On Tuesday, the Florida Legislature will start its annual session with an upbeat speech by Gov. Ron DeSantis and the promise of big boosts in state government spending, thanks to the billions in “Biden-bucks” from federal COVID relief and infrastructure initiatives.
No, money isn’t the issue; this year’s spending spree should be.
Florida’s state capitol may be awash with cash, but don’t count on the governor or the Republican-controlled Legislature to think long-term in addressing some of the state’s more pressing — and ongoing — needs. It’s an election year, and with DeSantis and most state lawmakers seeking re-election, generosity is simply good politics.
“What I said is — ‘whatever’s out there I’m going to make use of it for the state of Florida,’” the governor said last month as he rolled out his budget recommendations.
In his address to state lawmakers, DeSantis will tout his “Freedom First Budget,” a nearly $100 billion spending plan that contains enough one-time boosts in outlays to satisfy voters. The Legislature that once took pride in reigning in government spending, won’t do so this year. What the governor wants, the governor most likely will get.
The proposed budget includes a $50 million increase for teacher pay, a second round of $1,000 bonus checks and a big boost in per-student funding. Law enforcement will also see raises between 20% and 25%, along with bonuses for new police officers. There’s money for the environment — $660 million for Everglades restoration and a new round of grants to local governments to help stem sea level rise. Florida’s five health and human service agencies will see a $1.2 billion increase over current spending, and there’s $1.8 billion in additional Medicaid funds to bridge the difference between program reimbursement rates and the actual costs of providing care.
The governor obviously saved some money to appeal to those supporters who see him as a lock for re-election and a viable candidate for higher office in 2024. There’s the $1 billion to provide six months of gas tax relief for Florida motorists, $6 million for a new elections security office, even though voting fraud hasn’t been a problem here. He also wants to spend $5.4 million to re-create the state guard that will be under his control, and there’s the $8 million for a program to protect against illegal immigration problems.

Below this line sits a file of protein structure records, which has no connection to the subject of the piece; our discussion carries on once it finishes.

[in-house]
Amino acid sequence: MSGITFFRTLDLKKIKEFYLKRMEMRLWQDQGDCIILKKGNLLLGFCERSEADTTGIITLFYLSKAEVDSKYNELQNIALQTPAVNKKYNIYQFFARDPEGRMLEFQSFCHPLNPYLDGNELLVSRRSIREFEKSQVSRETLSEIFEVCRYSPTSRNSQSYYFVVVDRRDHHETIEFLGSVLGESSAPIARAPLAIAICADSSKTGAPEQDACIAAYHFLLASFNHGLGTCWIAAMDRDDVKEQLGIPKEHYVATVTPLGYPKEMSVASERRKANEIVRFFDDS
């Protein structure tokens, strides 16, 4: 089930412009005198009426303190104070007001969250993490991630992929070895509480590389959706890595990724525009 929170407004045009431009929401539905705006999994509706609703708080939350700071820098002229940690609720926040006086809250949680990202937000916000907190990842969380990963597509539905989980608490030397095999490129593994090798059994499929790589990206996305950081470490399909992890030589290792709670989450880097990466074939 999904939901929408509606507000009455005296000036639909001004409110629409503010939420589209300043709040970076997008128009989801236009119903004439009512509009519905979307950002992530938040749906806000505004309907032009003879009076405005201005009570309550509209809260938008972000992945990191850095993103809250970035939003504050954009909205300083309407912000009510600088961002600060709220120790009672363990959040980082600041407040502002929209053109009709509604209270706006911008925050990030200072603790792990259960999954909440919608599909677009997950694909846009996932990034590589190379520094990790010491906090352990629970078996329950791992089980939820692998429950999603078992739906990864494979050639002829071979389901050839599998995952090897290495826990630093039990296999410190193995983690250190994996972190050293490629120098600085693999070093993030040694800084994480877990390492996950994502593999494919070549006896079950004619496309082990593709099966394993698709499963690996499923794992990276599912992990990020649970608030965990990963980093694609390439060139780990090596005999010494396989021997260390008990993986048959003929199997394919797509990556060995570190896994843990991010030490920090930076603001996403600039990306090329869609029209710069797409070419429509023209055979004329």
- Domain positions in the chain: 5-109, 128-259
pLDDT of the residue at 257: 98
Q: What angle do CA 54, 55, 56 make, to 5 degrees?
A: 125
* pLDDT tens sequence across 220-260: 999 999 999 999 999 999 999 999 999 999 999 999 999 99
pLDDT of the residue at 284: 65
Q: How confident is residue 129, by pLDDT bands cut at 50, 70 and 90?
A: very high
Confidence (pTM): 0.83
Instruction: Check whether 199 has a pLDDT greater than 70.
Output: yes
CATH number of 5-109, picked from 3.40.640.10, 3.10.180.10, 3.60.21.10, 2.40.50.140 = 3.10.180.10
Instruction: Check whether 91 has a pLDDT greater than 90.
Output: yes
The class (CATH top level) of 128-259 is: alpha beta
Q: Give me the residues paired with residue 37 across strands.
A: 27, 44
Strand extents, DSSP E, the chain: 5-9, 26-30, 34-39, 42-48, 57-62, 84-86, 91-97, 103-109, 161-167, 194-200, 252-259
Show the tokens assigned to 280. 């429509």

Spending money may get votes, but it raises a few “what if” questions. For example, what if the flow of federal money from Washington to Tallahassee returns to normal? Granted, the proposed budget is meeting needs, and the governor set aside $15 billion in reserves. But, given Florida’s still rapid growth and its ongoing needs, is it enough?
Election-year sessions tend to be as contentious-free as possible. This year’s no exception. Spending wise, 2022 will be a good year, but will future lawmakers rue the day when they look back on a legislative session that became a 10-figure spending binge?
Election Reminder: Vote
The start of the legislative session isn’t the only thing occurring on Tuesday, Jan. 11. The polls are open in Palm Beach County as voters in two majority-black political districts will pick a Democratic nominee to run for Florida House District 88 and finally elect a successor to the late U.S. Rep. Alcee L. Hastings in Florida’s 20th congressional district.
Although The Palm Beach Post did not make an endorsement among the five candidates running in the congressional race, the paper’s editorial board urges voters to choose Jervonte “Tae” Edmonds as his party’s nominee to represent state House District 88 — the district that stretches through parts of Palm Beach Gardens, Lake Park, West Palm Beach, Riviera Beach, Magnolia Park, Lake Worth, Lantana, Boynton Beach and Delray Beach.
No matter your choice, make your voice count. If you haven’t yet but can, please vote.
This article originally appeared on Palm Beach Post: Florida legislative session promises little drama amid election-year spending spree